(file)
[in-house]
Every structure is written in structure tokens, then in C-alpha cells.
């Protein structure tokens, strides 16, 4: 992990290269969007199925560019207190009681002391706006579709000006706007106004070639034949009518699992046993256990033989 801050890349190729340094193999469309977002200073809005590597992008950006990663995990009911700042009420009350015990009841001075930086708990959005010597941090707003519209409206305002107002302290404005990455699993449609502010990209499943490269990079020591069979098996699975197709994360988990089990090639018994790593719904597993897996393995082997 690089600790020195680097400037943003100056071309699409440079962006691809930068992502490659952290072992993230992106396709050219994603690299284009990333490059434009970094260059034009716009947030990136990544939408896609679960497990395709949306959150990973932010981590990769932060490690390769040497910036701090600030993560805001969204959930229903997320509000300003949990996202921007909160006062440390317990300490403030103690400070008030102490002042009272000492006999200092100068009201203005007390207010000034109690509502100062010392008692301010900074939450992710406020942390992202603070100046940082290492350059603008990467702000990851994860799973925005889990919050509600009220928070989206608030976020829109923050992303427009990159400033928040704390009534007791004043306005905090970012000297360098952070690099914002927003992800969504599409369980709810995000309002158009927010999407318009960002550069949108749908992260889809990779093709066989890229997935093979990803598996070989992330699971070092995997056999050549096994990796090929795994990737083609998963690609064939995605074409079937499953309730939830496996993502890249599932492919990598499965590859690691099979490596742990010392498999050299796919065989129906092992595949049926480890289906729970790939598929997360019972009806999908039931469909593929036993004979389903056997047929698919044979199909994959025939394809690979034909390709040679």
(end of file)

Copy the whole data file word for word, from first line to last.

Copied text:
[in-house]
Every structure is written in structure tokens, then in C-alpha cells.
């Protein structure tokens, strides 16, 4: 992990290269969007199925560019207190009681002391706006579709000006706007106004070639034949009518699992046993256990033989 801050890349190729340094193999469309977002200073809005590597992008950006990663995990009911700042009420009350015990009841001075930086708990959005010597941090707003519209409206305002107002302290404005990455699993449609502010990209499943490269990079020591069979098996699975197709994360988990089990090639018994790593719904597993897996393995082997 690089600790020195680097400037943003100056071309699409440079962006691809930068992502490659952290072992993230992106396709050219994603690299284009990333490059434009970094260059034009716009947030990136990544939408896609679960497990395709949306959150990973932010981590990769932060490690390769040497910036701090600030993560805001969204959930229903997320509000300003949990996202921007909160006062440390317990300490403030103690400070008030102490002042009272000492006999200092100068009201203005007390207010000034109690509502100062010392008692301010900074939450992710406020942390992202603070100046940082290492350059603008990467702000990851994860799973925005889990919050509600009220928070989206608030976020829109923050992303427009990159400033928040704390009534007791004043306005905090970012000297360098952070690099914002927003992800969504599409369980709810995000309002158009927010999407318009960002550069949108749908992260889809990779093709066989890229997935093979990803598996070989992330699971070092995997056999050549096994990796090929795994990737083609998963690609064939995605074409079937499953309730939830496996993502890249599932492919990598499965590859690691099979490596742990010392498999050299796919065989129906092992595949049926480890289906729970790939598929997360019972009806999908039931469909593929036993004979389903056997047929698919044979199909994959025939394809690979034909390709040679």